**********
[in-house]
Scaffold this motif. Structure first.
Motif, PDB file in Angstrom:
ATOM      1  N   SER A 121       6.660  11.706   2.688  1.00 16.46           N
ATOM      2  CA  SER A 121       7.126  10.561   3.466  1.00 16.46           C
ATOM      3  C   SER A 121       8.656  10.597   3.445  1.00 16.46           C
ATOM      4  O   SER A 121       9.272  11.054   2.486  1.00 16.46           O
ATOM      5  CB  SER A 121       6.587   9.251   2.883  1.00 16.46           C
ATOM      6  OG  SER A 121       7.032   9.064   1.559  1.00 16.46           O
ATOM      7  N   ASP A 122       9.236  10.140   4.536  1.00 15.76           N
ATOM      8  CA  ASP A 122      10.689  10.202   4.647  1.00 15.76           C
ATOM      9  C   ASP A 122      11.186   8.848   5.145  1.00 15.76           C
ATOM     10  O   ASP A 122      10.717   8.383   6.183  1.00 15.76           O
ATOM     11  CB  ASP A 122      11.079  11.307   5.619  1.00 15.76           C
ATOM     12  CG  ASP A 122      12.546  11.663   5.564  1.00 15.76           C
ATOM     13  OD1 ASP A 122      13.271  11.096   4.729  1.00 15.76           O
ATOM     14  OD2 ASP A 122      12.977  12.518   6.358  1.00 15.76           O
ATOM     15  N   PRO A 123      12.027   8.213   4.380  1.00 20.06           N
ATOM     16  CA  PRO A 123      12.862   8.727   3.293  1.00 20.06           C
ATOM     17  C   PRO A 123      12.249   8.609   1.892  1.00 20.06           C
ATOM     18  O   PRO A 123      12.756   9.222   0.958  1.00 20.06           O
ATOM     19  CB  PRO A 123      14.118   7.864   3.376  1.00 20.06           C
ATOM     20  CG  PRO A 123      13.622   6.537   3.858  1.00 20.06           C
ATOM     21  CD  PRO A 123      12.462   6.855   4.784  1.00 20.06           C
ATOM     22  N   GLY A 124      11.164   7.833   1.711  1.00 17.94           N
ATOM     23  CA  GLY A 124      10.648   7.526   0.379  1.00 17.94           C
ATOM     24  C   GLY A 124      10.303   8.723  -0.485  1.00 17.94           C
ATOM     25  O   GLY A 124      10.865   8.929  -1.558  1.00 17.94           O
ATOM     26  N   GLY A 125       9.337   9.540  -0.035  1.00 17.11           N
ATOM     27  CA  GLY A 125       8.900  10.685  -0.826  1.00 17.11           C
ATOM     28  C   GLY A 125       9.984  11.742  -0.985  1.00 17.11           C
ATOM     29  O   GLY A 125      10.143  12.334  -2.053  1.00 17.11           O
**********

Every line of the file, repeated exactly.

[in-house]
Scaffold this motif. Structure first.
Motif, PDB file in Angstrom:
ATOM      1  N   SER A 121       6.660  11.706   2.688  1.00 16.46           N
ATOM      2  CA  SER A 121       7.126  10.561   3.466  1.00 16.46           C
ATOM      3  C   SER A 121       8.656  10.597   3.445  1.00 16.46           C
ATOM      4  O   SER A 121       9.272  11.054   2.486  1.00 16.46           O
ATOM      5  CB  SER A 121       6.587   9.251   2.883  1.00 16.46           C
ATOM      6  OG  SER A 121       7.032   9.064   1.559  1.00 16.46           O
ATOM      7  N   ASP A 122       9.236  10.140   4.536  1.00 15.76           N
ATOM      8  CA  ASP A 122      10.689  10.202   4.647  1.00 15.76           C
ATOM      9  C   ASP A 122      11.186   8.848   5.145  1.00 15.76           C
ATOM     10  O   ASP A 122      10.717   8.383   6.183  1.00 15.76           O
ATOM     11  CB  ASP A 122      11.079  11.307   5.619  1.00 15.76           C
ATOM     12  CG  ASP A 122      12.546  11.663   5.564  1.00 15.76           C
ATOM     13  OD1 ASP A 122      13.271  11.096   4.729  1.00 15.76           O
ATOM     14  OD2 ASP A 122      12.977  12.518   6.358  1.00 15.76           O
ATOM     15  N   PRO A 123      12.027   8.213   4.380  1.00 20.06           N
ATOM     16  CA  PRO A 123      12.862   8.727   3.293  1.00 20.06           C
ATOM     17  C   PRO A 123      12.249   8.609   1.892  1.00 20.06           C
ATOM     18  O   PRO A 123      12.756   9.222   0.958  1.00 20.06           O
ATOM     19  CB  PRO A 123      14.118   7.864   3.376  1.00 20.06           C
ATOM     20  CG  PRO A 123      13.622   6.537   3.858  1.00 20.06           C
ATOM     21  CD  PRO A 123      12.462   6.855   4.784  1.00 20.06           C
ATOM     22  N   GLY A 124      11.164   7.833   1.711  1.00 17.94           N
ATOM     23  CA  GLY A 124      10.648   7.526   0.379  1.00 17.94           C
ATOM     24  C   GLY A 124      10.303   8.723  -0.485  1.00 17.94           C
ATOM     25  O   GLY A 124      10.865   8.929  -1.558  1.00 17.94           O
ATOM     26  N   GLY A 125       9.337   9.540  -0.035  1.00 17.11           N
ATOM     27  CA  GLY A 125       8.900  10.685  -0.826  1.00 17.11           C
ATOM     28  C   GLY A 125       9.984  11.742  -0.985  1.00 17.11           C
ATOM     29  O   GLY A 125      10.143  12.334  -2.053  1.00 17.11           O